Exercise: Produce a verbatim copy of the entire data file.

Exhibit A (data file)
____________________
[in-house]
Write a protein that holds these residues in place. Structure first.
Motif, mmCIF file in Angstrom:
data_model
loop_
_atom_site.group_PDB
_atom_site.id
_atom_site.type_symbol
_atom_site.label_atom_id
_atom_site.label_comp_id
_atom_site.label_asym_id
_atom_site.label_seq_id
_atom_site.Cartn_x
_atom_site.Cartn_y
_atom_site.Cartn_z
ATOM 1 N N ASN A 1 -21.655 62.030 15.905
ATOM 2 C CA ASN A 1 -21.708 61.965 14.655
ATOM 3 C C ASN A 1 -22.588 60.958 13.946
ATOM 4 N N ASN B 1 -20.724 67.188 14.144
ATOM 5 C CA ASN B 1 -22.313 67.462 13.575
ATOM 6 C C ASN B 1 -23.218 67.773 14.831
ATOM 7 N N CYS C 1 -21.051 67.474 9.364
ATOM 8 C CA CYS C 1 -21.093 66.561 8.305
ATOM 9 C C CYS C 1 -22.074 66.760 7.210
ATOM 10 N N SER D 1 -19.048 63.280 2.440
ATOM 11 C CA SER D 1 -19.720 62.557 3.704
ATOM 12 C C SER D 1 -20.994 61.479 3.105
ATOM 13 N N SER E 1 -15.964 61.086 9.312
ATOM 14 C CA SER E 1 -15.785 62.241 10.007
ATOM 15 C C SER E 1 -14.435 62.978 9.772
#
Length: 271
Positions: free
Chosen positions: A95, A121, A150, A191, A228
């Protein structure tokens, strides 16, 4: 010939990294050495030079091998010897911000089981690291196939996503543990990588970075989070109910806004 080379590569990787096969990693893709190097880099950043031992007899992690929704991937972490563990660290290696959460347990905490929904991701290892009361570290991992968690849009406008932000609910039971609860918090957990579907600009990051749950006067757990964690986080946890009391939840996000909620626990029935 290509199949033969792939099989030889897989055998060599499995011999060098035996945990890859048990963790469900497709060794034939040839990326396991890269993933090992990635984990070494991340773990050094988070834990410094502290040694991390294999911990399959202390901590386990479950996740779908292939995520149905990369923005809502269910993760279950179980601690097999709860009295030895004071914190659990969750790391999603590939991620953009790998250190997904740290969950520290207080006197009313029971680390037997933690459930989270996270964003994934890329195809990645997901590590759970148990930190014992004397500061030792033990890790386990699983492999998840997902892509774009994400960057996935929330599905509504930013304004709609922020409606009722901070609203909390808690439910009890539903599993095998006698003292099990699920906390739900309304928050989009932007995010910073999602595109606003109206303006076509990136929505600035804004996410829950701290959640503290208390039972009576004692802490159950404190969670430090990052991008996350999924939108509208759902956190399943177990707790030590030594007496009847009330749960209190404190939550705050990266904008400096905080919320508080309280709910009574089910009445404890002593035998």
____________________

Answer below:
[in-house]
Write a protein that holds these residues in place. Structure first.
Motif, mmCIF file in Angstrom:
data_model
loop_
_atom_site.group_PDB
_atom_site.id
_atom_site.type_symbol
_atom_site.label_atom_id
_atom_site.label_comp_id
_atom_site.label_asym_id
_atom_site.label_seq_id
_atom_site.Cartn_x
_atom_site.Cartn_y
_atom_site.Cartn_z
ATOM 1 N N ASN A 1 -21.655 62.030 15.905
ATOM 2 C CA ASN A 1 -21.708 61.965 14.655
ATOM 3 C C ASN A 1 -22.588 60.958 13.946
ATOM 4 N N ASN B 1 -20.724 67.188 14.144
ATOM 5 C CA ASN B 1 -22.313 67.462 13.575
ATOM 6 C C ASN B 1 -23.218 67.773 14.831
ATOM 7 N N CYS C 1 -21.051 67.474 9.364
ATOM 8 C CA CYS C 1 -21.093 66.561 8.305
ATOM 9 C C CYS C 1 -22.074 66.760 7.210
ATOM 10 N N SER D 1 -19.048 63.280 2.440
ATOM 11 C CA SER D 1 -19.720 62.557 3.704
ATOM 12 C C SER D 1 -20.994 61.479 3.105
ATOM 13 N N SER E 1 -15.964 61.086 9.312
ATOM 14 C CA SER E 1 -15.785 62.241 10.007
ATOM 15 C C SER E 1 -14.435 62.978 9.772
#
Length: 271
Positions: free
Chosen positions: A95, A121, A150, A191, A228
């Protein structure tokens, strides 16, 4: 010939990294050495030079091998010897911000089981690291196939996503543990990588970075989070109910806004 080379590569990787096969990693893709190097880099950043031992007899992690929704991937972490563990660290290696959460347990905490929904991701290892009361570290991992968690849009406008932000609910039971609860918090957990579907600009990051749950006067757990964690986080946890009391939840996000909620626990029935 290509199949033969792939099989030889897989055998060599499995011999060098035996945990890859048990963790469900497709060794034939040839990326396991890269993933090992990635984990070494991340773990050094988070834990410094502290040694991390294999911990399959202390901590386990479950996740779908292939995520149905990369923005809502269910993760279950179980601690097999709860009295030895004071914190659990969750790391999603590939991620953009790998250190997904740290969950520290207080006197009313029971680390037997933690459930989270996270964003994934890329195809990645997901590590759970148990930190014992004397500061030792033990890790386990699983492999998840997902892509774009994400960057996935929330599905509504930013304004709609922020409606009722901070609203909390808690439910009890539903599993095998006698003292099990699920906390739900309304928050989009932007995010910073999602595109606003109206303006076509990136929505600035804004996410829950701290959640503290208390039972009576004692802490159950404190969670430090990052991008996350999924939108509208759902956190399943177990707790030590030594007496009847009330749960209190404190939550705050990266904008400096905080919320508080309280709910009574089910009445404890002593035998």